With the pandemic going on and politicians heading into election season you might think activity would be slowing down a little bit. Not so. The U.S. Senate is set to come back into session next Monday and there are ongoing discussions about the next COVID-19 relief package.
As followers of Christ, we are called to create a society where the needs of the poor and vulnerable are considered first.
The U.S. bishops have three “action alerts” available to help you contact your members of Congress on specific areas of pandemic relief. Please send these messages – it just takes a few minutes.
The first alert asks Senators to prioritize the poor and vulnerable, including an increase in SNAP benefits: https://votervoice.net/USCCB/Campaigns/75712/Respond
This alert asks for help for Catholic schools - public schools are asking for $300 billion dollars, and it is important to make sure that hard-hit Catholic school families also receive emergency relief: https://www.votervoice.net/USCCB/Campaigns/75795/Respond
Another alert points out the need to assist DACA recipients: https://justiceforimmigrants.org/category/action-alerts/.
This morning the administration carried out the first federal execution since 2003. The Supreme Court rejected inmate claims that new execution protocols violate the Eighth Amendment's ban on cruel and unusual punishment. You can click here for the Iowa bishops’ letter asking for mercy for the inmates.
Following the publication of a national news story on Catholic churches receiving loans through the Paycheck Protection Program, Archbishop Paul S. Coakley of Oklahoma City, chairman of the U.S. Conference of Catholic Bishops’ (USCCB) Committee on Domestic Justice and Human Development, issued the following statement in response:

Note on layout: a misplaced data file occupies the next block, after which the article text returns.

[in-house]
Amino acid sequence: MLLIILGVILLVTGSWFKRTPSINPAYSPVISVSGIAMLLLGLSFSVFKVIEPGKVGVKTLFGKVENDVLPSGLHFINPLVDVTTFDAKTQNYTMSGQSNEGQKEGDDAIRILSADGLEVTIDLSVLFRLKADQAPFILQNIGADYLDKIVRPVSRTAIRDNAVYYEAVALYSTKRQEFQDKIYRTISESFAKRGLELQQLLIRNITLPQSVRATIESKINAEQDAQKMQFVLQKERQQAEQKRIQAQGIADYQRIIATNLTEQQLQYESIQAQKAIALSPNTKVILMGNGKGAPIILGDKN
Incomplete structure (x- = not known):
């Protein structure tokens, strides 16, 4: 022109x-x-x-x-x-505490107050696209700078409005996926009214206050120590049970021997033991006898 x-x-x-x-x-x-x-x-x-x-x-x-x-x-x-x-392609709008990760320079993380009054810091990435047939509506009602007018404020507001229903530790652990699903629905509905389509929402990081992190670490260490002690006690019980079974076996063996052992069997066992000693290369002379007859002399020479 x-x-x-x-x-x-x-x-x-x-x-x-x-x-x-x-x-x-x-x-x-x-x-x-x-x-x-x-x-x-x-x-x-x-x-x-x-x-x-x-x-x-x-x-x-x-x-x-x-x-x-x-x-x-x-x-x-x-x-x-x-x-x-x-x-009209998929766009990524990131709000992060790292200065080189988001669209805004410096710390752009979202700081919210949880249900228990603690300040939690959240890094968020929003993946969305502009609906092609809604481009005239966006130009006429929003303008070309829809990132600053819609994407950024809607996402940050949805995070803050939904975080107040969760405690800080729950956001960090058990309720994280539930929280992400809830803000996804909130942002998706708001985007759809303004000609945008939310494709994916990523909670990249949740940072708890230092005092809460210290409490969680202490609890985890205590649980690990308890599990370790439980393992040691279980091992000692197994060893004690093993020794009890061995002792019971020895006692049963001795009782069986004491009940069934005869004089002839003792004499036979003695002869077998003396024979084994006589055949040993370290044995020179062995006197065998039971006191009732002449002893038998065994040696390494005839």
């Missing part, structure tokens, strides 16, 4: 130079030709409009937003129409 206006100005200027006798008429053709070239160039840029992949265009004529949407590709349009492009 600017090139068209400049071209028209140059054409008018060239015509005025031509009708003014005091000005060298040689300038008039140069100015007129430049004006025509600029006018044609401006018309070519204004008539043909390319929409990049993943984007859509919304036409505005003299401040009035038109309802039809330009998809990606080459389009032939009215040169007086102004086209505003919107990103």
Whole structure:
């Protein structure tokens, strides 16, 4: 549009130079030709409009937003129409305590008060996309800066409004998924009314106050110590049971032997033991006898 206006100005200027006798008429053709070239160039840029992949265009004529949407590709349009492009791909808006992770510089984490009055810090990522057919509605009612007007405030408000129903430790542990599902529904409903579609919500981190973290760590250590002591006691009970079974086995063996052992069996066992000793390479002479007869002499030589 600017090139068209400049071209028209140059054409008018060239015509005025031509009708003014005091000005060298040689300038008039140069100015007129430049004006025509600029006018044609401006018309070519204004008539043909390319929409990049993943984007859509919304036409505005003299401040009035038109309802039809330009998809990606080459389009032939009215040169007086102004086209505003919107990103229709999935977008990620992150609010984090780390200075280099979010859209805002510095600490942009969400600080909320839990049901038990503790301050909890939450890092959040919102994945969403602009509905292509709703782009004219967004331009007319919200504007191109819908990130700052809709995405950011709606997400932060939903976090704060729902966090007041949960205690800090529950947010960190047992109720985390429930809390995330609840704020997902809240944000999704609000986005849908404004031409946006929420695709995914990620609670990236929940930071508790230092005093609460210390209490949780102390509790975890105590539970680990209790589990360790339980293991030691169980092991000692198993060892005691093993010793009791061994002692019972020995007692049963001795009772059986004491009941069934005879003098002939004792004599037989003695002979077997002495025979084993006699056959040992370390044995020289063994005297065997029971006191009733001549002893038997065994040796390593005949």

“The Catholic Church is the largest non-governmental supplier of social services in the United States. Each year, our parishes, schools and ministries serve millions of people in need, regardless of race, ethnicity or religion. The novel coronavirus only intensified the needs of the people we serve and the demand for our ministries. The loans we applied for enabled our essential ministries to continue to function in a time of national emergency.”
SUPREME COURT WRAPS UP ITS TERM
The U.S. Supreme Court has issued the final opinions from the current term. There were two of particular interest:
The Little Sisters of the Poor went to the Court again to defend their community against attempts to force them to cooperate with immoral activities. By a vote of 7-2, the Court ruled on July 8 in favor of the Little Sisters.
Also on July 8, the Court issued its decision in the consolidated cases of Our Lady of Guadalupe School v. Morrissey-Berru and St. James School v. Biel. These cases involved the right of Catholic schools, free of government interference, to choose teachers who will teach and model the Catholic faith. By a vote of 7-2, the Court ruled in favor of the schools.
NEW RULE ON PAYDAY LOANS
On July 7, the Consumer Financial Protection Bureau (CFPB) released its final rule on Payday, Vehicle Title, and Certain High-Cost Installment Loans. The rule removed a requirement that lenders ensure a potential borrower will be able to repay their loan before issuing the loan. The final rule strips away even the basic requirement that loans be made only when people can afford them, setting up workers and families to fail.
GOVERNOR ANNOUNCES MENTAL HEALTH FUNDING
Gov. Kim Reynolds has announced that $50 million in COVID-19 relief funds will be allocated to mental health services:
$10 million for Medicaid providers of non-hospital based inpatient and outpatient services
$10 million for Medicaid substance use disorder providers
$30 million to the government mental health and disability services regions - bringing the overall system funding to nearly $130 million.
We encourage the governor to issue an executive order restoring felon voting rights. It would still be better to get a constitutional amendment, but an executive order would be a good interim solution. You can contact the governor and ask for an executive order here.